They Don't Pay We Won't Pay, Theatre, York, Review, Bill Adamsom, TotalNtertainment

They Don’t Pay, We Won’t Pay – Review

A Northern Broadsides production at the York Theatre Royal, Tuesday 9th October 2018

A Northern Broadsides production at the York Theatre Royal, Tuesday 9th October 2018

Review by Bill Adamson

Dario Fo’s original script for an Italian political comedy was written more than 40 years ago and this new adaptation by Deborah McAndrew brings it right up to date. The play runs at a pace that even Usain Bolt would struggle to keep up with. This kind of cadence is only possible if the cast are firing on all cylinders and believe me they are. ‘They Don’t Pay? We Won’t Pay!’ is at its heart a classic farce, although much less frivolous than the old trouser dropping Brian Rix style. Almost every political standpoint is visible at some point; caring left wing, fascist right wing, commie and anarchist. All moulded together to provide a chorus of belly laughs.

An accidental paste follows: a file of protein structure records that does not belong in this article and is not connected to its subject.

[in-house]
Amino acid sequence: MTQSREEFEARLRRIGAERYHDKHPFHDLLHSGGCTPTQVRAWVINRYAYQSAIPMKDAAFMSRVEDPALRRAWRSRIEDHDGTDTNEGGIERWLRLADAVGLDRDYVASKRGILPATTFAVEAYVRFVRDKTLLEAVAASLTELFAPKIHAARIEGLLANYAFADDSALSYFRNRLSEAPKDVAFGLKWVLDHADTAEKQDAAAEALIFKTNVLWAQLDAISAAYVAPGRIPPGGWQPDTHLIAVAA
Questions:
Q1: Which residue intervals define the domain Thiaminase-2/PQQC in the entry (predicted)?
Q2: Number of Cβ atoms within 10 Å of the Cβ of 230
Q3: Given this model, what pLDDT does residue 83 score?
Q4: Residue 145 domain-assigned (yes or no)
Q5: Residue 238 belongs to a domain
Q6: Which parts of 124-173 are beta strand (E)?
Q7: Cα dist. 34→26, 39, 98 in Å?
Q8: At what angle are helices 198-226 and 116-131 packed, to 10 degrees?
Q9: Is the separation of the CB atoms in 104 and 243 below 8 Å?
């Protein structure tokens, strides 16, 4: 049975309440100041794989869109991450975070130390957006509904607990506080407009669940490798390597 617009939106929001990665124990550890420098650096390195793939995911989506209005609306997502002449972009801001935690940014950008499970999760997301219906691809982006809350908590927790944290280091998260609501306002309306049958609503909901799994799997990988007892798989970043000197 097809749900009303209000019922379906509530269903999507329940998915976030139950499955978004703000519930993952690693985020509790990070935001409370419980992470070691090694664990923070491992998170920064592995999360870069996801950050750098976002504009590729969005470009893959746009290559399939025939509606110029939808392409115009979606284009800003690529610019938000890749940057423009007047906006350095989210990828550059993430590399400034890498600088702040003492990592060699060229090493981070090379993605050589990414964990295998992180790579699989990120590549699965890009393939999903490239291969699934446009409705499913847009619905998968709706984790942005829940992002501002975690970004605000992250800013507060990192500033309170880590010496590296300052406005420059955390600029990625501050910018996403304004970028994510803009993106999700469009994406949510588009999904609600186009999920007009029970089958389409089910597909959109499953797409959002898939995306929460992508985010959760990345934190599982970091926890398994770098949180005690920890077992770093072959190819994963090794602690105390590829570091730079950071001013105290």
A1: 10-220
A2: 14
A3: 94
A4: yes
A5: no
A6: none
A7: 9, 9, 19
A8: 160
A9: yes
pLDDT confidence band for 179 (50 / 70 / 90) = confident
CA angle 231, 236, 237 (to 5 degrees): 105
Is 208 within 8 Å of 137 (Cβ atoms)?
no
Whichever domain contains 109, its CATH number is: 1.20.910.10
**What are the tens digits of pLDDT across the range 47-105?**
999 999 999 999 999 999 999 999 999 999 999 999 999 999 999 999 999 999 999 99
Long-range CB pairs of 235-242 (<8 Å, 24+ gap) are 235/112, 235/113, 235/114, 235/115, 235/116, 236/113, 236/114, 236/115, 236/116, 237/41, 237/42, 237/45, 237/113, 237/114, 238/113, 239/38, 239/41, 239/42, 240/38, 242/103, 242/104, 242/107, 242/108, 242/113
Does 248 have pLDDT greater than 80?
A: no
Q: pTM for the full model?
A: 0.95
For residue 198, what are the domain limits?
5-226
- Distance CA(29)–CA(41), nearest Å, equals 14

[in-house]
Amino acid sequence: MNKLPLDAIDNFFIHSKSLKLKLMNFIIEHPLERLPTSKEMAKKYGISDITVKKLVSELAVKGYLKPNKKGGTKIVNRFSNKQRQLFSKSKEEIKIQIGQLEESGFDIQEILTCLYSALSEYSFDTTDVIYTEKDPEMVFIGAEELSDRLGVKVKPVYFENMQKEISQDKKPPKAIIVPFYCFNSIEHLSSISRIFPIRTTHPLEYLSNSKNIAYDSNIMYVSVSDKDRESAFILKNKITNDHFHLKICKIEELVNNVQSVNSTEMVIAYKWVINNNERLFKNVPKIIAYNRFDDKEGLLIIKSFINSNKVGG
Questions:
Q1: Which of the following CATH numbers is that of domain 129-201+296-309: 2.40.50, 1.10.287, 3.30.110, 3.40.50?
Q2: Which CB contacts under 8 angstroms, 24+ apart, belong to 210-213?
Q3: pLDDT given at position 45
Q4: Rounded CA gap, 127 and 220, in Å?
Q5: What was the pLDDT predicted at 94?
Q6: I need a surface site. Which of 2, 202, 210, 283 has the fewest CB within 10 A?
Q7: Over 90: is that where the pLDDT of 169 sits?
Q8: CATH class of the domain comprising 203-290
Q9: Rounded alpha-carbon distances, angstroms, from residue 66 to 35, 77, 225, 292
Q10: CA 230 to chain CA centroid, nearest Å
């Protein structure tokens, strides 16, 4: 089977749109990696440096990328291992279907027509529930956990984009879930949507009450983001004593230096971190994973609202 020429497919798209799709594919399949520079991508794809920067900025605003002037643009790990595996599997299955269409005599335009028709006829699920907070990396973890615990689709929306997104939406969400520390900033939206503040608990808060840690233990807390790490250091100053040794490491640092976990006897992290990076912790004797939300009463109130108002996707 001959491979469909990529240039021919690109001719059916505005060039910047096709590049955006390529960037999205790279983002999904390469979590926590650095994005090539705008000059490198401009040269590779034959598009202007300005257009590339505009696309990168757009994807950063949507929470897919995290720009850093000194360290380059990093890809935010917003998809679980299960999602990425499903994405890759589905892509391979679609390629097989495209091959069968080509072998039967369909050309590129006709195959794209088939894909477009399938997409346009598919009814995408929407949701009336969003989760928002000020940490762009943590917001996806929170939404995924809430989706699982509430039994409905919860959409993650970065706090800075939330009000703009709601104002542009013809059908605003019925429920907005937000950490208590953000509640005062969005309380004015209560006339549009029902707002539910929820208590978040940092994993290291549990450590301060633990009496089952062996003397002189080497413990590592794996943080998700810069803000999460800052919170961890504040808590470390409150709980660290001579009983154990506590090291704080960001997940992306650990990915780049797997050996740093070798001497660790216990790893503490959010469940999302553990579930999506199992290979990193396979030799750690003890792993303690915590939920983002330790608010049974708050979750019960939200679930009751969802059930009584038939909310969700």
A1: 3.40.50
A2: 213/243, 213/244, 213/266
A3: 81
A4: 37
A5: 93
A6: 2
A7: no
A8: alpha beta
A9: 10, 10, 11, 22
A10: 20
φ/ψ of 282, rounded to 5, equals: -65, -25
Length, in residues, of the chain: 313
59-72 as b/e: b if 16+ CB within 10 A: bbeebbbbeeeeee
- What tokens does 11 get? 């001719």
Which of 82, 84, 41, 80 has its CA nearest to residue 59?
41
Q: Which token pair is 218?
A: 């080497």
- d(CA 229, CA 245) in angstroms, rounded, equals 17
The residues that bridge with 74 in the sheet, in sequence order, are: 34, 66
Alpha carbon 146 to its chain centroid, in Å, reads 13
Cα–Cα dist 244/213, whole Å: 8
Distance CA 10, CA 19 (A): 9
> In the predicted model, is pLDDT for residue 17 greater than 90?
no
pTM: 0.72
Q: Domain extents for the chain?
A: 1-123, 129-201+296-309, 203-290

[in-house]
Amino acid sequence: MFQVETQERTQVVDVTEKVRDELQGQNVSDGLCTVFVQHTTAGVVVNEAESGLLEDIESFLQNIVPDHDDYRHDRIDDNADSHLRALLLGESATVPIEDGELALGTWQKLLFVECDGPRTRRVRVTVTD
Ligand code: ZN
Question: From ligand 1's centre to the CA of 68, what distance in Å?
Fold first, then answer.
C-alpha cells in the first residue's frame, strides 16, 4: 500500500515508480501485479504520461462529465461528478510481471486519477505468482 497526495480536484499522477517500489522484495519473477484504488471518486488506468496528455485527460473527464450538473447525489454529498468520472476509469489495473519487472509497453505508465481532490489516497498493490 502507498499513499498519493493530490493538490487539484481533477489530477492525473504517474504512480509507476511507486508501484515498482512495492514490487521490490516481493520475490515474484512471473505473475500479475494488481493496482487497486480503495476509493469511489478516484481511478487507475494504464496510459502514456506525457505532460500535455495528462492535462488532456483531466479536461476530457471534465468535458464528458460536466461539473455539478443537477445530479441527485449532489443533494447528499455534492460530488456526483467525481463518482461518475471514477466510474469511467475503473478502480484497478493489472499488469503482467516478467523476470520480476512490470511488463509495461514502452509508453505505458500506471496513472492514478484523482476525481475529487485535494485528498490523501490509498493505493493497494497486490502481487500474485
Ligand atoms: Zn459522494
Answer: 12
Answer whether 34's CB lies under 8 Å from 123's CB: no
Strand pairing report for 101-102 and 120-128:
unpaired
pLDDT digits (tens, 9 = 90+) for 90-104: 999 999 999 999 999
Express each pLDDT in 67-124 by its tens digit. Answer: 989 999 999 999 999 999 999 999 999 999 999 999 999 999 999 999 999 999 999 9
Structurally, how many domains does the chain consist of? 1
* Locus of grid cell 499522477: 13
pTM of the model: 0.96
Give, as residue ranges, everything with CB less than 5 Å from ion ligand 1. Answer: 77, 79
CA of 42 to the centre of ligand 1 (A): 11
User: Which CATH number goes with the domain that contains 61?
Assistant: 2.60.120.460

The premise of the tale is really about the morals of taking what is not yours, something that you have not paid for and the subsequent angst of making that decision. The first half is focussed largely on the fallout from a supermarket being overrun and having its shelves cleared by those living on or below the breadline. Anthea (Lisa Howard) and Maggie (Suzanne Ahmet) are a big part of that; trying to decide how they will hide the stolen contraband, which includes dog food, budgie seed and turkey necks, from their law-abiding husbands? Using the full extent of their imagination in deciding what they will tell the police? The second half is still just as hilarious although it does go off at some rather interesting tangents; angelic choruses, coffins and pregnancy transplants. Throughout the whole thing there is great use of stunningly funny ad libs and much breaking through the fourth wall.

Every one of the cast is on top form, especially Mike Hugo who excels in his five, yes five, parts! If you like classic British comedy that exposes the ridiculousness of life and pokes fun at the “powers that be” then you will love this. This is a play that very much fits the mood of a divided and broken Brexit Britain. There is unlikely to be a better play for today out there right now. It makes you laugh and it also makes you think!